IE 11 is not supported. For an optimal experience visit our site on another browser.

Why millennials should vote on Election Day — and how to convince non-voters

When it comes to persuading ambivalent millennials to vote, most people are doing it wrong.
Image: Early midterm elections voting in California
A polling station worker helps voters at an early voting polling stations at West Los Angeles College, as hundreds of people waited hours in line to cast their ballots in Culver City, California on Nov. 4, 2018.Mike Nelson / EPA

Today, a portion of Americans will vote in the most contested and emotionally charged midterm elections that many of us have witnessed. But the crucial word there is “portion,” because statistically speaking, Americans don’t usually vote en masse. And there’s one demographic in particular that has routinely underperformed at the ballot box on Election Day: millennials.

Voting-eligible young adults (of which I am one) have been profiled and pilloried for their reluctance to take part in elections. Last month, an NBC News/GenForward survey found that just over one third of Millennials said they probably or definitely will vote in this year’s midterms. And what’s wild is that this underwhelming estimate is actually a slight uptick from the 2016 presidential race and the 2014 midterms, when millennial turnout didn’t get close to 30 percent, according to the Census.

Scores of young people sitting out elections isn’t exactly a new thing. (Baby boomers won’t admit it, but even they were less reliable voters during their youth.) But what is unique about millennials is the fact that in 2019, we will become the largest living generation in America. This grants us sizable political power that could decide elections. If we show up.

Voting-eligible young adults (of which I am one) have been profiled and pilloried for their reluctance to take part in elections.

The problem is that when it comes to persuading ambivalent millennials to vote, most people are doing it wrong. Since the day after Trump clinched the presidency in 2016, the question I’ve heard many boomers, Gen-Xers, and even some of my contemporaries ask is, “How we get all these lazy millennials to wake up and vote?”

But that’s the absolute worst way to approach this challenge.

As the author of a book about my generation, I’ve interviewed hundreds of millennial voters and non-voters. And what I’ve learned is you have to prove to young people that you understand where they're coming from. Quite often, millennials don’t vote because they don’t believe that our political system can be a vehicle for change and progress and they don’t think their vote will make a difference. This is especially true for young people who volunteered for President Barack Obama, for example, and then watched in disbelief as Wall Street was given a slap on the wrist following the 2008 financial crisis.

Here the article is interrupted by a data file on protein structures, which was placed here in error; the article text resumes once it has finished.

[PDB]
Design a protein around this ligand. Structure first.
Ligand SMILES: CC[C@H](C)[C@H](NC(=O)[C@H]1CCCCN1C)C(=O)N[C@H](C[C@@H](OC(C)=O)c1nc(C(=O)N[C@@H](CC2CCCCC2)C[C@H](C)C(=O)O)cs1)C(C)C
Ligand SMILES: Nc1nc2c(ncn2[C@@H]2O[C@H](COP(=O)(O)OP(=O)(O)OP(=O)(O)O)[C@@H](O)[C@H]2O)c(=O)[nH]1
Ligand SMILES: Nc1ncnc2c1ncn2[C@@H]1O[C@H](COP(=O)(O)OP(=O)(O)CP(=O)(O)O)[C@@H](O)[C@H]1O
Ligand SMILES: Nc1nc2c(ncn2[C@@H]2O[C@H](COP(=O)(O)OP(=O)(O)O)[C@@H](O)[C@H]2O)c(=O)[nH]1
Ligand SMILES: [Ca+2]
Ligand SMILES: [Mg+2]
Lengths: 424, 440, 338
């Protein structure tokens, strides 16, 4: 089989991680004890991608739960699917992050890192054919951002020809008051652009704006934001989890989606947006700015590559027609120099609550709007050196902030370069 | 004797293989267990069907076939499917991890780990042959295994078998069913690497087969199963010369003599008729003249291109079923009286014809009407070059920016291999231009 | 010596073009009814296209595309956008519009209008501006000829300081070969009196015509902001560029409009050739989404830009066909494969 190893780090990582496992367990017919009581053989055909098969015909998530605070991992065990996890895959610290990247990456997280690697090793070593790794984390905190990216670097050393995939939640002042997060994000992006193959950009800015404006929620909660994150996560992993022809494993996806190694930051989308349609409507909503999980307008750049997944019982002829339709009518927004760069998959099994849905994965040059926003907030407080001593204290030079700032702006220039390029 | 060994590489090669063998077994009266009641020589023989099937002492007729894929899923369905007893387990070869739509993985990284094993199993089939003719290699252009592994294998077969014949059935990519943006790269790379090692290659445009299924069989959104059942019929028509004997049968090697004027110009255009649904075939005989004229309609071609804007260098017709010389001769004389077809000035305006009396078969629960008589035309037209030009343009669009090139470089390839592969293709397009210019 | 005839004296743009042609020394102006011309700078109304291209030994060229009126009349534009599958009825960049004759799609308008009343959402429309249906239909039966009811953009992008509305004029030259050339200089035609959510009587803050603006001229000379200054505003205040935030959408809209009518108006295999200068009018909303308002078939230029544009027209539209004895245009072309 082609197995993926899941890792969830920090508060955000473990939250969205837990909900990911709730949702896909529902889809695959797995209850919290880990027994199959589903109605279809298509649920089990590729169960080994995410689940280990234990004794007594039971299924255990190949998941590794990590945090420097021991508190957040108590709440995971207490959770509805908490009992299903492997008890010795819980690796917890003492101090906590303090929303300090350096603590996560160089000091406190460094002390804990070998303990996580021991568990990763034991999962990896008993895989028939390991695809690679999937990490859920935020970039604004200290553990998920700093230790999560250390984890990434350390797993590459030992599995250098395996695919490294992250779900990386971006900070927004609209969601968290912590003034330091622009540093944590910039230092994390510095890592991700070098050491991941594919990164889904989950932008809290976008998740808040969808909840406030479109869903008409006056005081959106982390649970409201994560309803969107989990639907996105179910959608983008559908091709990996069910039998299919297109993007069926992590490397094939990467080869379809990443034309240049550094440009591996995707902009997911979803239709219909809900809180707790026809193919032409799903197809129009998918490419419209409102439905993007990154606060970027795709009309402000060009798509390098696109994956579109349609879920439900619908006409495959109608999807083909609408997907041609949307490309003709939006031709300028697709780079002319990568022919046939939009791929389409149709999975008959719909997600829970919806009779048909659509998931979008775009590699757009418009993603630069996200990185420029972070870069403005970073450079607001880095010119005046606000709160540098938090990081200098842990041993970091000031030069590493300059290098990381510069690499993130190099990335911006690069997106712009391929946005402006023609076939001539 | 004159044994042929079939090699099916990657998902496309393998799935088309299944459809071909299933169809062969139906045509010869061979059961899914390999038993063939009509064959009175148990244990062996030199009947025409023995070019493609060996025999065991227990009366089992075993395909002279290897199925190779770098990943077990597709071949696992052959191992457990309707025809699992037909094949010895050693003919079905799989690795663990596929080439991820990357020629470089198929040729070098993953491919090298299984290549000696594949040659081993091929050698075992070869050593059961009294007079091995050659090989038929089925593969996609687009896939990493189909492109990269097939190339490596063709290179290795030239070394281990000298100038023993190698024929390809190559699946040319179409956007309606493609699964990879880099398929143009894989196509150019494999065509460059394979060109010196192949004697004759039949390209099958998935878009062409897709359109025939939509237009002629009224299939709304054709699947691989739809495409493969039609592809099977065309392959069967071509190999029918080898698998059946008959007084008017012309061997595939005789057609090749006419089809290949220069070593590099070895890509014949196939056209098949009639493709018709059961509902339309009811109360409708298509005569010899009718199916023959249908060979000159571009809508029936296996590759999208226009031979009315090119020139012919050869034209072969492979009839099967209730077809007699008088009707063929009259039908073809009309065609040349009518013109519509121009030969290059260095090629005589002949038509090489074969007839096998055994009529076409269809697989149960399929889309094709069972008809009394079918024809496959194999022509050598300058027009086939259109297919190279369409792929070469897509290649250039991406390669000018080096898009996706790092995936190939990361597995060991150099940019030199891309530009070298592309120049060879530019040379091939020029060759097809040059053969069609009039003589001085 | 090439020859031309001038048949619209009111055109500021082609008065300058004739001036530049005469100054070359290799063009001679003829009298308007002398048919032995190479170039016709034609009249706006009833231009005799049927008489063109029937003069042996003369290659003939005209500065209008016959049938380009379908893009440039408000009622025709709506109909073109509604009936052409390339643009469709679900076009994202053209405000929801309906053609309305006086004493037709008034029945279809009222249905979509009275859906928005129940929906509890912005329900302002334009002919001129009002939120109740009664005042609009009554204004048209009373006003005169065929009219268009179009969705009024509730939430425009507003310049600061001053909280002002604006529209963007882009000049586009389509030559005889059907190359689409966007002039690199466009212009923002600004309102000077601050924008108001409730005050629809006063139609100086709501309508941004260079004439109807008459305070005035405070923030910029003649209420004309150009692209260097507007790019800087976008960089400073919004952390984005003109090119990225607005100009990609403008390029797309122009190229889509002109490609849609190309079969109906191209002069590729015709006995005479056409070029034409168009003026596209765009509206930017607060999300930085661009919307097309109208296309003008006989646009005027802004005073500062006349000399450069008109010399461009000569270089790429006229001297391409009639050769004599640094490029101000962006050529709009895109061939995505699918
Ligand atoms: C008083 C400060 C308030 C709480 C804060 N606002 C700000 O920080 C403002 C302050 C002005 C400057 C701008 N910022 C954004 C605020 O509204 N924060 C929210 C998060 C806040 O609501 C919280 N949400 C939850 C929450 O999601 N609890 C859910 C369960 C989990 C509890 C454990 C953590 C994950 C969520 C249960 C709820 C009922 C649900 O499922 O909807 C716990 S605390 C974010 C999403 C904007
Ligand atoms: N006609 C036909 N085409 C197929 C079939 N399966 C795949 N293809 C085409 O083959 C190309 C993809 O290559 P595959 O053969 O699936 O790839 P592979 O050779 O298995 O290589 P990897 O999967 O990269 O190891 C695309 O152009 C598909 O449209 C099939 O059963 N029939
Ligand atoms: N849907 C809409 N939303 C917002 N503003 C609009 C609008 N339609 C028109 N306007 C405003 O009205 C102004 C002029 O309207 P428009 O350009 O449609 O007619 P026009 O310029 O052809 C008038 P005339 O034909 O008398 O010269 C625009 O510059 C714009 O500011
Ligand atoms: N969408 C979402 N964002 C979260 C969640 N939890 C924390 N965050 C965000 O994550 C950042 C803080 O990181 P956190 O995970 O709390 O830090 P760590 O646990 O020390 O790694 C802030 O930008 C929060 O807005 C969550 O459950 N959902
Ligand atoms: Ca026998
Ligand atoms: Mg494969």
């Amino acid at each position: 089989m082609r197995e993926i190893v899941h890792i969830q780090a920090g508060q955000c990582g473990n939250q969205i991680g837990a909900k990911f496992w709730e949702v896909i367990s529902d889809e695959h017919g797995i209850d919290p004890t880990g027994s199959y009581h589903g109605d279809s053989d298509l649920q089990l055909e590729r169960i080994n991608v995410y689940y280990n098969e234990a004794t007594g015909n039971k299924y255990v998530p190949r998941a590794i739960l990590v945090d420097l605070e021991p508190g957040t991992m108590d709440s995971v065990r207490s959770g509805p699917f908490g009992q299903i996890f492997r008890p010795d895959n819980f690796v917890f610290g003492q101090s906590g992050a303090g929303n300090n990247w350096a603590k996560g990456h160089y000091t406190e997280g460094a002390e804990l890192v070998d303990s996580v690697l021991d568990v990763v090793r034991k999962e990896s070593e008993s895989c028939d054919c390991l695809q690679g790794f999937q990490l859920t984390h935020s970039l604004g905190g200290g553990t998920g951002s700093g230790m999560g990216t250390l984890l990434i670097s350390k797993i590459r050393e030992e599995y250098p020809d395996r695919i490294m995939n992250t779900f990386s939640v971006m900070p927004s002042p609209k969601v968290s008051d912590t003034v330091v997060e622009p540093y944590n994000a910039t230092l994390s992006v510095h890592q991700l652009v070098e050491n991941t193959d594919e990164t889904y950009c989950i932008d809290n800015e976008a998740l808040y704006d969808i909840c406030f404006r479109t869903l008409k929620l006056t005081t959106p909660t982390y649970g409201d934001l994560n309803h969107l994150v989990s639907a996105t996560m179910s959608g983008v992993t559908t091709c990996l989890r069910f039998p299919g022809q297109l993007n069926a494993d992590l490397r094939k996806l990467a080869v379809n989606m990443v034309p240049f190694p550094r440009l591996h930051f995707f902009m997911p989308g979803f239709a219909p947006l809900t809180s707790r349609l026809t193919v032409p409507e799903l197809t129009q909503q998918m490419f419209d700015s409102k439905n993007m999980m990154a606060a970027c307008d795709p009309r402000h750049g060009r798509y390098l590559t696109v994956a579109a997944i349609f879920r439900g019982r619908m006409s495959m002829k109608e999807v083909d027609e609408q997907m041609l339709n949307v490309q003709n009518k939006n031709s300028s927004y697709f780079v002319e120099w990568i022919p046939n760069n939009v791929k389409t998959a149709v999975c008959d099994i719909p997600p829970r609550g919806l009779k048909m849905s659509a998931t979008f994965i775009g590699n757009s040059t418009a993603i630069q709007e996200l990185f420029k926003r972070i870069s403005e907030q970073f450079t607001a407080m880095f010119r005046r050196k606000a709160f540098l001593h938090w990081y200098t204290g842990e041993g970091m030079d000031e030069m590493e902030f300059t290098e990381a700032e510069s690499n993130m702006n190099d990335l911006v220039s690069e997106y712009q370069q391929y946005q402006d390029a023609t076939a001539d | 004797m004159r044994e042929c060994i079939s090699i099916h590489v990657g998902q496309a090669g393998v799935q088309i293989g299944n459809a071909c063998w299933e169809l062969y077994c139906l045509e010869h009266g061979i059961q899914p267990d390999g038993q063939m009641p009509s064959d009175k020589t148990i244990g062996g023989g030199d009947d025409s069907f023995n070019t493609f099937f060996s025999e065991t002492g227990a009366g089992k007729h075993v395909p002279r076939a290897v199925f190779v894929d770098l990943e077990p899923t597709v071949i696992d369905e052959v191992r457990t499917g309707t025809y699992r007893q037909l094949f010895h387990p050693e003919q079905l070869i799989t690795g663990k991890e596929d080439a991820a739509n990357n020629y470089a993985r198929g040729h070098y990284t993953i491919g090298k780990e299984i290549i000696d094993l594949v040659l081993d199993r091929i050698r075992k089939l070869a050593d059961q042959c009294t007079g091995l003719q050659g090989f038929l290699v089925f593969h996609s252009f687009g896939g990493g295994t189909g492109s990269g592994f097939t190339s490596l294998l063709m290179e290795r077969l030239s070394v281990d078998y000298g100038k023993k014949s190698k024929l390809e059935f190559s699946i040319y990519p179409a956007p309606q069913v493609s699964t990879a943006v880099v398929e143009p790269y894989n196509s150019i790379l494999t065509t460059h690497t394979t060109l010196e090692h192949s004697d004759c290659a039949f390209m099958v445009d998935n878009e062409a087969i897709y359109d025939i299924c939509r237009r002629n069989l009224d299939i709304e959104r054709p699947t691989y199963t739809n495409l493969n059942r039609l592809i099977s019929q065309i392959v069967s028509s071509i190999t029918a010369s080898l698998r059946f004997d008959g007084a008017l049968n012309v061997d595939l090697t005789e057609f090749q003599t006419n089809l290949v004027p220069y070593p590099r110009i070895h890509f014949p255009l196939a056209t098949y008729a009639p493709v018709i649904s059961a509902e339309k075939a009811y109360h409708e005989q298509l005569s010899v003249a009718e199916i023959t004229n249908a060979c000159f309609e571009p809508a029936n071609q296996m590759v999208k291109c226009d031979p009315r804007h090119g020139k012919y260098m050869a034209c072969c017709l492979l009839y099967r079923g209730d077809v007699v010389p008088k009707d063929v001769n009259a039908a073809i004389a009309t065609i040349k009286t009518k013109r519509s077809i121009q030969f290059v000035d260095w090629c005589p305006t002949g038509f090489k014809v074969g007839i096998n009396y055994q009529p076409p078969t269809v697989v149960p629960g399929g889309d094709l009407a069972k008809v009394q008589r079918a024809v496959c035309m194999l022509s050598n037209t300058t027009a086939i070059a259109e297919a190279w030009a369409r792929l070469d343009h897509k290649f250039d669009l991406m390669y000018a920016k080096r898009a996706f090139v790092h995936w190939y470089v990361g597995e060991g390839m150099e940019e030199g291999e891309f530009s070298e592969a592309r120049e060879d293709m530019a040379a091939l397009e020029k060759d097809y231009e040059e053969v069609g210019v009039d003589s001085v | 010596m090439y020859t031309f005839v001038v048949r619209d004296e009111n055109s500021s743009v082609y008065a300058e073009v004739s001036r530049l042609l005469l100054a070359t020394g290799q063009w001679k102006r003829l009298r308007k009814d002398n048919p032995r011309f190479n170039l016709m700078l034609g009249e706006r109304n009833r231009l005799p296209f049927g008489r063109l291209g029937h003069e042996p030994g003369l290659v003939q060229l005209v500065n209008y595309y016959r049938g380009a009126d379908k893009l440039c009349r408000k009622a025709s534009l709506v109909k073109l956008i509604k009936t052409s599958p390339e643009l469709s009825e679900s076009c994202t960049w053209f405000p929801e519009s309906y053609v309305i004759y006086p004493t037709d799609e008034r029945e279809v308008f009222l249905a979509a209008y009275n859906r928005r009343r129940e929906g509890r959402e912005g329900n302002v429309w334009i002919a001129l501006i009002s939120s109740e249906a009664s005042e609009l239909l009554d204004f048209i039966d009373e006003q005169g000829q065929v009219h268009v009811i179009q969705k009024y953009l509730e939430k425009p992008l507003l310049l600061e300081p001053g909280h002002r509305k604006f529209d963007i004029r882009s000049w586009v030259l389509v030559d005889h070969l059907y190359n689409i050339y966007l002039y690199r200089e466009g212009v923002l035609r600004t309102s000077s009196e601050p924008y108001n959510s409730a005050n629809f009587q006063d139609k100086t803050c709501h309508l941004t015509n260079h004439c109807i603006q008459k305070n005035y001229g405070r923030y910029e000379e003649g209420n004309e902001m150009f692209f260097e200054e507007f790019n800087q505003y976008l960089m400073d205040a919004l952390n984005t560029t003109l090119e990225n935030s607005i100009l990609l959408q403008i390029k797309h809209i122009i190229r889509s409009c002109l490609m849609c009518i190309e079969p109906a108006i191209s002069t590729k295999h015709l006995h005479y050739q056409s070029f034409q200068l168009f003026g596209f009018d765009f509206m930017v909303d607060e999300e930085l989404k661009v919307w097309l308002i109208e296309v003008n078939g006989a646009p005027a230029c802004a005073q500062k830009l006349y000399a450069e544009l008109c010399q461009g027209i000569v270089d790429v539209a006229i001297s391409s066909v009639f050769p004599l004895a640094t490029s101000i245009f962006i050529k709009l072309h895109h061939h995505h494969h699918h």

In other words, when disillusioned millennials say that “the system” is controlled by the worst kind of elites, they’ve got a point. But when they claim that voting won’t make a difference, they’re incorrect. That’s the window through which you can begin to turn them.

Here’s how you do it. The first and hardest step to engage a millennial non-voter involves putting your anger aside. Shaming millennials into voting almost never works. Getting mad might satisfy your ego, but it won’t bring you closer to reaching your goal, which is persuading a new millennial voter to cast a ballot on November 6. You can (and should) still ask them, “Why aren’t you voting?” But tone is everything. Ask sincerely, not with sarcasm or indignation.

If you do this right, you’ll likely be rewarded with a grim monologue about how all politicians are corrupt because our electoral system forces them to spend so much time fundraising for their next race. The second step is conceding that some of these things are true. Most politicians are beholden to the donor class and often have to be pushed by voters to honor campaign promises and fight for their constituents. This is the nature of our politics today and feeling disgusted by it is entirely understandable. It’s not how democracy is supposed to work.

Now comes the most important trick of the conversation — you have to re-frame voting. Millennials are used to hearing that if they just vote, all the problems plaguing their generation would vanish. This, of course, is not true and millennials know that. Voting today is more like a choice between having a chipmunk or a wolverine attached to your neck. And that’s how you should start your sell — not as the end-all, be-all of resistance, but as an essential act of harm reduction. Fixing America’s electoral system in a broader sense will take years if not decades, but that fight will be much more possible if our elected officials aren’t railroading destructive policies through Congress.

The coup de grace of your argument is simply reminding your millennial audience of what those policies can look like. Democrats, for instance, are not looking to erase the legal definition of what it means to be transgender. They’re not blowing racist dog-whistles about migrant caravans and fanning the flames of anti-Semitic conspiracy theories. And of course, the Democrats are not stacking the courts with activist judges whose views on abortion don’t gel with how millennials feel about the issue.

Does this approach actually get millennials to vote? In my experience, the answer is often yes. But everyone should be prepared to end the chat on an ambiguous note. You may never actually know if you made a difference.

But what you will know is that you tried ― you’ll know that you listened, empathized and made a clear and pragmatic case for pulling the lever. And hopefully the millennial non-voter will recognize this as well. They'll respect that you tried to understand where they’re coming from. Most Americans (including politicians) still haven't done that.